Dr. Ben-Yehuda models that compassion during her clinical hours, 6:30 to 8:30 every weekday morning. She also spends one day a week in the outpatient clinic of the hematology division.

One of Dr. Ben-Yehuda’s early-morning patients is Eliezer, who prefers not to disclose his full name. A fit 42-year-old father of five, he collapsed after a hike several years ago, only to discover he had a virulent form of leukemia. “Suddenly, I was facing a life-threatening illness whose best case scenario was months of really difficult treatment,” he said. “But I never felt I was fighting alone.”

He researched hematologists around the country before consulting Dr. Ben-Yehuda, so he was confident that he had the medical best. “What I hadn’t thought of—or thought would be important—was that I also needed a doctor who was warm and concerned,” said Eliezer. “Dr. Ben-Yehuda got to know my family and how they were coping with my illness, too.”

Born in Haifa, Dr. Ben-Yehuda never wanted to be anything other than a doctor. At age 3, she lost her 7-year-old brother, Zvika, to cancer. “My mother was a Holocaust survivor,” said Dr. Ben-Yehuda. “Zvika’s death joined the Holocaust as something that we never talked about. I didn’t even know which cancer killed him, but I did know that I wanted to heal people.”

Her interest in healing followed her into the army when, as a 20-year-old conscript in the Israel Defense Forces Armored Corps, she became the first female soldier honored with the Chief of Staff’s Citation. The award, presented to her in 1974 by Lt. Gen. Mordechai Gur, was for coordinating treatment of casualties in her unit during the Yom Kippur War. A regimental duty officer in the 14th Armored Brigade stationed at the Suez Canal, which lost over 300 soldiers, she assembled information about those killed or missing in action and informed their grieving families. This was prior to the IDF’s creation of a special unit to approach bereaved families.

In October 2018, Dr. Ben-Yehuda’s efforts during the Yom Kippur War were referenced when she pinned Israel’s highest military honor—the Medal of Valor—on her daughter. Capt. Or Ben-Yehuda had enlisted in the Caracal Battalion, one of the world’s handful of co-ed military units, and was stationed on Israel’s Sinai border. Called out one night in 2014 to investigate vehicles approaching the security fence from the Egyptian side, she and her driver ran into a volley of live fire. Both were immediately wounded. Despite her injuries, Ben-Yehuda held off 23 infiltrators while administering field aid to the wounded driver, calling for medical evacuation and directing the reinforcements.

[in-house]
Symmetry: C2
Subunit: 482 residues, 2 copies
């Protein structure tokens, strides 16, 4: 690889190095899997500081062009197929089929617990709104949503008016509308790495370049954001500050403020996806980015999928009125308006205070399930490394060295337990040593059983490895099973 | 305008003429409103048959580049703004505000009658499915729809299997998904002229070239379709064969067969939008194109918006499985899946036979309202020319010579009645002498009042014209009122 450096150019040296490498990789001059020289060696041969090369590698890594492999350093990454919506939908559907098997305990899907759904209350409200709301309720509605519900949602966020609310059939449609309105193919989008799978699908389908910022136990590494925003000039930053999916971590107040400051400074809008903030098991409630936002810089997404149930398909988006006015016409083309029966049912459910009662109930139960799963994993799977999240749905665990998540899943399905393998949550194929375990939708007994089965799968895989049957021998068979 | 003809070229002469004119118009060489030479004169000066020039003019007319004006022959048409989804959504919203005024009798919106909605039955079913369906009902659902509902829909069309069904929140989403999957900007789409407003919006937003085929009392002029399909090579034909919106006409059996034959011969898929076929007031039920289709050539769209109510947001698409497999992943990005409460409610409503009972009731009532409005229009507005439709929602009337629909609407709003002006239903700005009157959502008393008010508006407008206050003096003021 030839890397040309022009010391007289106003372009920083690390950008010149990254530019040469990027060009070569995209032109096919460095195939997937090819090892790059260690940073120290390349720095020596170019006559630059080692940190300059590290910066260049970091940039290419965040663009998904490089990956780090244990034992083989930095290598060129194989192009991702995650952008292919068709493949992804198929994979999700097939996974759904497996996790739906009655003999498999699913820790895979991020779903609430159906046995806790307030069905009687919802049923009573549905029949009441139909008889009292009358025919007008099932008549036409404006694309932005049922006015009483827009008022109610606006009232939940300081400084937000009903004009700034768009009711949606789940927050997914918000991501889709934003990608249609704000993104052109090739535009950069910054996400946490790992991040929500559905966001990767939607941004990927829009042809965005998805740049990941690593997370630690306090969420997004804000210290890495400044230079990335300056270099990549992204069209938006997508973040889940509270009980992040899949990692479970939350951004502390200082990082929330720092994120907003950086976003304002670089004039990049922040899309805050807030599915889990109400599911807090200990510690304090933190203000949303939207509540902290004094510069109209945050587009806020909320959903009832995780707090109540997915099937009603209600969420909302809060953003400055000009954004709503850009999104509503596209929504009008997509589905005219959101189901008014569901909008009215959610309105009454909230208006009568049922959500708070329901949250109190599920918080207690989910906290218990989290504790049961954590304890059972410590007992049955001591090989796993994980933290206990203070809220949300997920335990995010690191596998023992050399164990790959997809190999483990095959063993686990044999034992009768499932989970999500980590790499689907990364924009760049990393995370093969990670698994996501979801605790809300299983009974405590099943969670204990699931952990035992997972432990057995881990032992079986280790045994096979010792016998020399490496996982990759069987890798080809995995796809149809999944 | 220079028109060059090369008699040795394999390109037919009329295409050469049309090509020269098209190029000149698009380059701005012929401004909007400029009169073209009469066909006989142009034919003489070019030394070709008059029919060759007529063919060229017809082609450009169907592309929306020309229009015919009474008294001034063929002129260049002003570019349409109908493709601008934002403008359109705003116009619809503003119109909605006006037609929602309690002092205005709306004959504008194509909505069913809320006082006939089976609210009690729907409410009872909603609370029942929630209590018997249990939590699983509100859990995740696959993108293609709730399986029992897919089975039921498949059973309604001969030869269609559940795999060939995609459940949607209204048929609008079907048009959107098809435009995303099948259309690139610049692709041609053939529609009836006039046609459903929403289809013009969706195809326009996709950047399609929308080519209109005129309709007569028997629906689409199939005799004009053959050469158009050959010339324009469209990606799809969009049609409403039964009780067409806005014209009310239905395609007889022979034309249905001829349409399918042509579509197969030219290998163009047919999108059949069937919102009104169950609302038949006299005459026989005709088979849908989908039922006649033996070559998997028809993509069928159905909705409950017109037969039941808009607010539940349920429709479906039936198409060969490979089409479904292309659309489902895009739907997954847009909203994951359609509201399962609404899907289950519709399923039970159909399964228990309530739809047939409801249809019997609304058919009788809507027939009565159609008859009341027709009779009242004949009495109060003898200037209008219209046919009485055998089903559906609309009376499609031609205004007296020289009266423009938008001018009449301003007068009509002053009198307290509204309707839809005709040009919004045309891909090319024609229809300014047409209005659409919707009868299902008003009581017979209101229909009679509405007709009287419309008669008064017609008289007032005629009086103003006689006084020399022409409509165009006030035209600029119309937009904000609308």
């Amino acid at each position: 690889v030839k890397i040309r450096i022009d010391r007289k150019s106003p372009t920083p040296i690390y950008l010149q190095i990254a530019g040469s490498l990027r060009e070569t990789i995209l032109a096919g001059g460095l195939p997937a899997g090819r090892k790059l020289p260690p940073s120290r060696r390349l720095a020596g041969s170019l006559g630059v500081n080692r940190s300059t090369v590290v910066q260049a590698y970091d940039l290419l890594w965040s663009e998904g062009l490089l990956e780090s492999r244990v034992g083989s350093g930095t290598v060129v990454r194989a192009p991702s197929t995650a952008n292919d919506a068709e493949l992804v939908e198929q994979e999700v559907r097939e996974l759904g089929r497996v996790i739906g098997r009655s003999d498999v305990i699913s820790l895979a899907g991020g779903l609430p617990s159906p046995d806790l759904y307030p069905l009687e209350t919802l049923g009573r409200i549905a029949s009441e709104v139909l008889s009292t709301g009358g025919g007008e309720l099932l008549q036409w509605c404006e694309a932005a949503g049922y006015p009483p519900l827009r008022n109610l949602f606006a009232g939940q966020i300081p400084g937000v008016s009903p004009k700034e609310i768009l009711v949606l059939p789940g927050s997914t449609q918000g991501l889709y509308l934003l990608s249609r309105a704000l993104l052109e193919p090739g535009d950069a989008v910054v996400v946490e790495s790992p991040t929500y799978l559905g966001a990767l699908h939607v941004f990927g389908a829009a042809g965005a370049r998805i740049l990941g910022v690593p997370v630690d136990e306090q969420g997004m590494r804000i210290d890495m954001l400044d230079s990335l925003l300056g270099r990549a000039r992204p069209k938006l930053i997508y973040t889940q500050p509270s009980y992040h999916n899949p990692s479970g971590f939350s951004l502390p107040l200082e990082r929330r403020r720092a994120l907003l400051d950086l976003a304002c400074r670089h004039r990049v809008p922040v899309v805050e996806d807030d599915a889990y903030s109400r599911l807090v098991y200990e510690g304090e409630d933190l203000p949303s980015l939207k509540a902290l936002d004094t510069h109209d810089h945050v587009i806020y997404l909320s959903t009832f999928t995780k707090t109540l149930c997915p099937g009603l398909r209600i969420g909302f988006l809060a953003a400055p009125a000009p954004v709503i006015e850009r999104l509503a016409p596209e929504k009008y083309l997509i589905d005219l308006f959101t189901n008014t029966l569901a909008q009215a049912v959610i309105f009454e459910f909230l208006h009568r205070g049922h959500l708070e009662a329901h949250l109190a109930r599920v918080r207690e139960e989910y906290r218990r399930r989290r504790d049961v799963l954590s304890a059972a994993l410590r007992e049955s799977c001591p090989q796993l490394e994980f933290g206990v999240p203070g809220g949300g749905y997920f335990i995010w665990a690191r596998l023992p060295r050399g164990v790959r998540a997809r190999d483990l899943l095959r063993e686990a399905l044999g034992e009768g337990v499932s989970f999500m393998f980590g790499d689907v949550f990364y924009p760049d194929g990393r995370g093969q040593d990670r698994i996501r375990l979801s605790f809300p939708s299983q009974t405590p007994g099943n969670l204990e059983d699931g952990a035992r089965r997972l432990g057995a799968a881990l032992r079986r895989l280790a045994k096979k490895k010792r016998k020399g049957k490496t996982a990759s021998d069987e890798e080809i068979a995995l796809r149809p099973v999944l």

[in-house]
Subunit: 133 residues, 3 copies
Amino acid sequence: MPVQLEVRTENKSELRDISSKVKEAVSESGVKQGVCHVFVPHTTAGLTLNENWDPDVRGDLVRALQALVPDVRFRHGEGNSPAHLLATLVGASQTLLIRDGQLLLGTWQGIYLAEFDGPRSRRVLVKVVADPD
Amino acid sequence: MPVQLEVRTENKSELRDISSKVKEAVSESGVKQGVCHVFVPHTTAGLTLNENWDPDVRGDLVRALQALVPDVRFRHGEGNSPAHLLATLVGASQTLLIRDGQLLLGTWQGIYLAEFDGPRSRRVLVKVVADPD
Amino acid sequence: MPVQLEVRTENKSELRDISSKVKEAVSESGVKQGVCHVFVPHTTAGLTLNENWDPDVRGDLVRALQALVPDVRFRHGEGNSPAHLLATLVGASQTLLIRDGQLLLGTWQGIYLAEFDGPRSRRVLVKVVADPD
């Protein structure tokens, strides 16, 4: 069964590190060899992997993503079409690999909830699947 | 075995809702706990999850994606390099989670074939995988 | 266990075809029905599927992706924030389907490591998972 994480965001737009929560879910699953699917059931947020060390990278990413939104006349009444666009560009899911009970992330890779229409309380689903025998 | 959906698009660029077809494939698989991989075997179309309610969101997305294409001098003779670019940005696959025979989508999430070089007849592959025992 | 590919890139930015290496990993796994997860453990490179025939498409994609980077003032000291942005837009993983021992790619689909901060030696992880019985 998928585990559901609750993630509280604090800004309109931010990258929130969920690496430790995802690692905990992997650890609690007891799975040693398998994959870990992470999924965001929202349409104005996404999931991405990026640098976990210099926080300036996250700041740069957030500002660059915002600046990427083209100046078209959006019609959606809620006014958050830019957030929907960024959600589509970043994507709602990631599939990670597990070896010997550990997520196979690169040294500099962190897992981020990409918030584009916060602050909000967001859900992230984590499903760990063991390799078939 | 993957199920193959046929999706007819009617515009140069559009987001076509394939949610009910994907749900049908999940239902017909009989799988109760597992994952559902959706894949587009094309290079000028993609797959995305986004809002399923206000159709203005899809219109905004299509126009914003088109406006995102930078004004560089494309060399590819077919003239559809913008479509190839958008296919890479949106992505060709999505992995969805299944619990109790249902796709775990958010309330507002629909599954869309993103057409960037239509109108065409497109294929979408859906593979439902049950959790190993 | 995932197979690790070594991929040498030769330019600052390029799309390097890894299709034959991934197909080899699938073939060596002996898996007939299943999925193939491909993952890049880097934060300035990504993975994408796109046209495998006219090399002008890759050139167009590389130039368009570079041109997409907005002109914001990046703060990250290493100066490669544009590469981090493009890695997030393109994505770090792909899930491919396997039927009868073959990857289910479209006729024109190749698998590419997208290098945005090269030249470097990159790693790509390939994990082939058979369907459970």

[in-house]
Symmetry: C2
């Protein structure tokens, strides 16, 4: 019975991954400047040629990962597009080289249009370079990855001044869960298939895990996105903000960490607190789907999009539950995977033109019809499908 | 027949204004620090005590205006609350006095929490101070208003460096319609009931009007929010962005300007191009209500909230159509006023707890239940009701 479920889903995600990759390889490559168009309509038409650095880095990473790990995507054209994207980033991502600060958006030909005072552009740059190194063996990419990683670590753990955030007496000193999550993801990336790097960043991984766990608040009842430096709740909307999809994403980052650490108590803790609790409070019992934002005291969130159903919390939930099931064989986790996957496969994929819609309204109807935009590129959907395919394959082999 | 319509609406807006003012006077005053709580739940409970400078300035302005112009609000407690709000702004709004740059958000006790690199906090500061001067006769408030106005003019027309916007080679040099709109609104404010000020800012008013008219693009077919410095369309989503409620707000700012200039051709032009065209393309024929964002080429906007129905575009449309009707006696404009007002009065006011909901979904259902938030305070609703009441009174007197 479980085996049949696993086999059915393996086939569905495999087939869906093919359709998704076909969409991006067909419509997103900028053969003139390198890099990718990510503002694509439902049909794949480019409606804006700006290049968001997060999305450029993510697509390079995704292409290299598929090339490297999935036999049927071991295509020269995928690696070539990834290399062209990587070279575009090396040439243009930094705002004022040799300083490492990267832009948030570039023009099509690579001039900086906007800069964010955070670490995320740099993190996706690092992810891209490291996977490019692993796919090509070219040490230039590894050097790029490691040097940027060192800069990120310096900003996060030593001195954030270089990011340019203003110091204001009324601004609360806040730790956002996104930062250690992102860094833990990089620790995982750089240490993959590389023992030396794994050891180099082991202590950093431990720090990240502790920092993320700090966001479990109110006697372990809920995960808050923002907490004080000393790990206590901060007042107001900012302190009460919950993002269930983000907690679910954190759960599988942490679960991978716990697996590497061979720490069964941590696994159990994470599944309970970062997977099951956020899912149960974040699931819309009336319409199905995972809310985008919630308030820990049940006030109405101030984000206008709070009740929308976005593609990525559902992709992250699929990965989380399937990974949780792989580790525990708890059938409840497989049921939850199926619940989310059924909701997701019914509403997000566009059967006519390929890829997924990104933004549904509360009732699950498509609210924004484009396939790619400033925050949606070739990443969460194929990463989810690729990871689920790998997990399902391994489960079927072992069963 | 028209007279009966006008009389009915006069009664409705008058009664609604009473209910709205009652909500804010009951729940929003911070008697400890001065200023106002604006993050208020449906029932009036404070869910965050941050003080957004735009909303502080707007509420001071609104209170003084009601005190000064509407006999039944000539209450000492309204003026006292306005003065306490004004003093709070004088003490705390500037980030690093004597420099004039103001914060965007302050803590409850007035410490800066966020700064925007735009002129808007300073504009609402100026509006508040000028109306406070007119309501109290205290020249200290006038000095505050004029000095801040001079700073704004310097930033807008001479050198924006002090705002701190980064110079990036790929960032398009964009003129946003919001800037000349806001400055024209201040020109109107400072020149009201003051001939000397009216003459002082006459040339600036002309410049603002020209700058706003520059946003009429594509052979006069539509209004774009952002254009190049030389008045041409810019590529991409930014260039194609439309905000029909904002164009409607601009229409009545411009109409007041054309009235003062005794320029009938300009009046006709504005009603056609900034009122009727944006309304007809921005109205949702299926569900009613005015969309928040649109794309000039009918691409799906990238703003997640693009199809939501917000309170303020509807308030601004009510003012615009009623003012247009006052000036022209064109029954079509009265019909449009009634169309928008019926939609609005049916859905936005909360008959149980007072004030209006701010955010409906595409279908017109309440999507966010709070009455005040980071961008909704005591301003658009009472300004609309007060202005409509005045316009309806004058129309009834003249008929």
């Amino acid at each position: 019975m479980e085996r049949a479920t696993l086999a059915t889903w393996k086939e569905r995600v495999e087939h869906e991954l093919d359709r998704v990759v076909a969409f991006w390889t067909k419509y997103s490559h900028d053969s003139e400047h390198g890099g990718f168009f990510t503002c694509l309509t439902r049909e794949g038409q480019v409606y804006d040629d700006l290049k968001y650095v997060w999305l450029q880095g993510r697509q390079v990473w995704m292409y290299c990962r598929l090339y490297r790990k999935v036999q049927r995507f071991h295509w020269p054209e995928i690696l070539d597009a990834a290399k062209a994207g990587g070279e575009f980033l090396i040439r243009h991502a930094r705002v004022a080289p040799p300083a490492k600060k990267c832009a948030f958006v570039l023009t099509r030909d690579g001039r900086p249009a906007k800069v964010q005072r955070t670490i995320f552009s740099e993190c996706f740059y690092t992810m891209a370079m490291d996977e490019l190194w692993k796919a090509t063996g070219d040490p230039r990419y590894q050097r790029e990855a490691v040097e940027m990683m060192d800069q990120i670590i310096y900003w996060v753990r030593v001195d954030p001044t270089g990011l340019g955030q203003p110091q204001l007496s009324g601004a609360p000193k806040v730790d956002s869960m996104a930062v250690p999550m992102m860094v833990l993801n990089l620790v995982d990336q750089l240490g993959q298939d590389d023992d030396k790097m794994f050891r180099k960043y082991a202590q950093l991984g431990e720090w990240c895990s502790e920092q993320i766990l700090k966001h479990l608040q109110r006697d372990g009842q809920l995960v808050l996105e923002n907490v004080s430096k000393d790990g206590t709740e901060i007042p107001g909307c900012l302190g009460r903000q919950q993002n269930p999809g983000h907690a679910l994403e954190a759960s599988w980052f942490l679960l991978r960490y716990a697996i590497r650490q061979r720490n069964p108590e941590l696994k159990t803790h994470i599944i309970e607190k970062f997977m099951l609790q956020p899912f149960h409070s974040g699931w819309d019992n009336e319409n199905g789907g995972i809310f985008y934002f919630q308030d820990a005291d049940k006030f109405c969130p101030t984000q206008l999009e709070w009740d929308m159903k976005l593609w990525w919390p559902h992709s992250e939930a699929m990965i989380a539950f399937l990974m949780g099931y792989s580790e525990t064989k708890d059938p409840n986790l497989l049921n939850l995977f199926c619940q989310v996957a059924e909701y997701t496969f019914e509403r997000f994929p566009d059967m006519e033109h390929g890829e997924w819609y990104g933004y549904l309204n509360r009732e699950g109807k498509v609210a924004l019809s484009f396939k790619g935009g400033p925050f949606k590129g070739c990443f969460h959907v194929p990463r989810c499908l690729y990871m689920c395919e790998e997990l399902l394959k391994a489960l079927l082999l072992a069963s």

Today, Ben-Yehuda, 28, married and a mother of three, still serves in the IDF. Her younger sister, Bavat Ben-Yehuda, 25, is a Jerusalem Music Academy graduate now training in speech therapy. Elder sister Dr. Shir Shabbat, 30, who is married and has a child, attended Hadassah’s medical school, graduating one year before her mother was appointed its dean. She just completed her internship at Hadassah.

“I learned from my mother that doing what you want in life is not simply words,” Dr. Shabbat said. “It is an essential truth.”

Dr. Ben-Yehuda, who received her medical degree from Ben-Gurion University of the Negev, first came to Hadassah in 1981 as an intern in the surgical department. Dr. Eliezer Rachmilewitz persuaded her to switch to his department, internal medicine and hematology. During that time, she met her husband, geriatrician Dr. Arie Ben-Yehuda, current chairman of internal medicine at Hadassah.

It was while interning at Hadassah that she learned the full story of her brother’s death. She dug through public medical records to discover that he had died of lymphoma. “I was already in love with hematology,” she said. “Finding this out completed it. I had a sense of coming home.”

Following three years of post-graduate studies at Memorial Sloan-Kettering Cancer Center in New York City, she returned to Hadassah in 1992. In April 2000, she was appointed director of the hematology unit and, later, of the entire hematology division. Along the way, Dr. Ben-Yehuda has repeatedly been named outstanding teacher among the medical school faculty; in 2017, she received the Danielle Prize, awarded annually by the Israel-based Danielle Sonnenfeld Foundation to doctors and nurses “who rise beyond their professions and give of themselves to patients.”

Although Dr. Ben-Yehuda always wanted to be a physician, working in senior administration was never part of that dream. “It’s not that I lack ambition,” she said. “I was simply focused on doing everything I undertook as completely as I could—on achieving excellence, not on climbing the ladder. But one thing somehow led to another.”

“Dina is 100 percent an expert physician, embedded in a kind lady who is 100 percent soul,” said HMO’s director-general, Dr. Zeev Rotstein.

“I love being with patients, listening to them, searching for ways to help them,” said Dr. Ben-Yehuda. “It’s part of who I am. Everything in my professional life has been focused on their healing—as a physician, in teaching and in research.”

Wendy Elliman is a British-born science writer who has lived in Israel for more than four decades.